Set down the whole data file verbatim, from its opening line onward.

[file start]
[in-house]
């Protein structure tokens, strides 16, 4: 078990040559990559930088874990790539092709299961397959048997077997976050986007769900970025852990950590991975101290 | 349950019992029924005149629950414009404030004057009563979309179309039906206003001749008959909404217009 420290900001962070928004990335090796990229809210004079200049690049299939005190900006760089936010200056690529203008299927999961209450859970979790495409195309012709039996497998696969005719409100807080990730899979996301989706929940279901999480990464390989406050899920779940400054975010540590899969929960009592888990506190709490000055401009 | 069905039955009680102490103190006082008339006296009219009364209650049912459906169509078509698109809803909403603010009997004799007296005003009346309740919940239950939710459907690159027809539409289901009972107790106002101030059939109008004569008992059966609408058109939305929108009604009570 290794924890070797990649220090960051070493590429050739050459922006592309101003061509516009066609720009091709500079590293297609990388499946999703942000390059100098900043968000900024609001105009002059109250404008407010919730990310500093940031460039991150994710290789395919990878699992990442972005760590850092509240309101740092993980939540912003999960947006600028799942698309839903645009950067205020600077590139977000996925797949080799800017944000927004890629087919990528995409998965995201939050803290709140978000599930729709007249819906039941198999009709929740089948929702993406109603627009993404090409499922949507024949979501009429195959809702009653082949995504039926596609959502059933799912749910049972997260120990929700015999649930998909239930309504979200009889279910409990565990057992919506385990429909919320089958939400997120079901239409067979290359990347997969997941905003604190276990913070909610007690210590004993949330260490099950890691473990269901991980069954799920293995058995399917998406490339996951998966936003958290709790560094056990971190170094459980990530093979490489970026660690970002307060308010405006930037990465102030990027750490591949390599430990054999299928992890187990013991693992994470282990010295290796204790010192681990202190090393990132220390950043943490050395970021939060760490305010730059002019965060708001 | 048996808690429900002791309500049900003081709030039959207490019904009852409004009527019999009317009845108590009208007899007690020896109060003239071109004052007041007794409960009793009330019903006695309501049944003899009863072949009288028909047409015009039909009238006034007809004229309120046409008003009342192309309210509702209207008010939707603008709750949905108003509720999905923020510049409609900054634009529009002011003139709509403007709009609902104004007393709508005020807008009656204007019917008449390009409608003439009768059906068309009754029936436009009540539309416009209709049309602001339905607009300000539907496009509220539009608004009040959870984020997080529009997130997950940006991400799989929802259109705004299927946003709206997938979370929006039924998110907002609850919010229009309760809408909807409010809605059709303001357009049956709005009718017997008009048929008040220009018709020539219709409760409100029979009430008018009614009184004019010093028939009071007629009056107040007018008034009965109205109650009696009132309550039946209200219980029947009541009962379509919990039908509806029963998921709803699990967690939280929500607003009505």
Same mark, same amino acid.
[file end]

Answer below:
[in-house]
């Protein structure tokens, strides 16, 4: 078990040559990559930088874990790539092709299961397959048997077997976050986007769900970025852990950590991975101290 | 349950019992029924005149629950414009404030004057009563979309179309039906206003001749008959909404217009 420290900001962070928004990335090796990229809210004079200049690049299939005190900006760089936010200056690529203008299927999961209450859970979790495409195309012709039996497998696969005719409100807080990730899979996301989706929940279901999480990464390989406050899920779940400054975010540590899969929960009592888990506190709490000055401009 | 069905039955009680102490103190006082008339006296009219009364209650049912459906169509078509698109809803909403603010009997004799007296005003009346309740919940239950939710459907690159027809539409289901009972107790106002101030059939109008004569008992059966609408058109939305929108009604009570 290794924890070797990649220090960051070493590429050739050459922006592309101003061509516009066609720009091709500079590293297609990388499946999703942000390059100098900043968000900024609001105009002059109250404008407010919730990310500093940031460039991150994710290789395919990878699992990442972005760590850092509240309101740092993980939540912003999960947006600028799942698309839903645009950067205020600077590139977000996925797949080799800017944000927004890629087919990528995409998965995201939050803290709140978000599930729709007249819906039941198999009709929740089948929702993406109603627009993404090409499922949507024949979501009429195959809702009653082949995504039926596609959502059933799912749910049972997260120990929700015999649930998909239930309504979200009889279910409990565990057992919506385990429909919320089958939400997120079901239409067979290359990347997969997941905003604190276990913070909610007690210590004993949330260490099950890691473990269901991980069954799920293995058995399917998406490339996951998966936003958290709790560094056990971190170094459980990530093979490489970026660690970002307060308010405006930037990465102030990027750490591949390599430990054999299928992890187990013991693992994470282990010295290796204790010192681990202190090393990132220390950043943490050395970021939060760490305010730059002019965060708001 | 048996808690429900002791309500049900003081709030039959207490019904009852409004009527019999009317009845108590009208007899007690020896109060003239071109004052007041007794409960009793009330019903006695309501049944003899009863072949009288028909047409015009039909009238006034007809004229309120046409008003009342192309309210509702209207008010939707603008709750949905108003509720999905923020510049409609900054634009529009002011003139709509403007709009609902104004007393709508005020807008009656204007019917008449390009409608003439009768059906068309009754029936436009009540539309416009209709049309602001339905607009300000539907496009509220539009608004009040959870984020997080529009997130997950940006991400799989929802259109705004299927946003709206997938979370929006039924998110907002609850919010229009309760809408909807409010809605059709303001357009049956709005009718017997008009048929008040220009018709020539219709409760409100029979009430008018009614009184004019010093028939009071007629009056107040007018008034009965109205109650009696009132309550039946209200219980029947009541009962379509919990039908509806029963998921709803699990967690939280929500607003009505």
Same mark, same amino acid.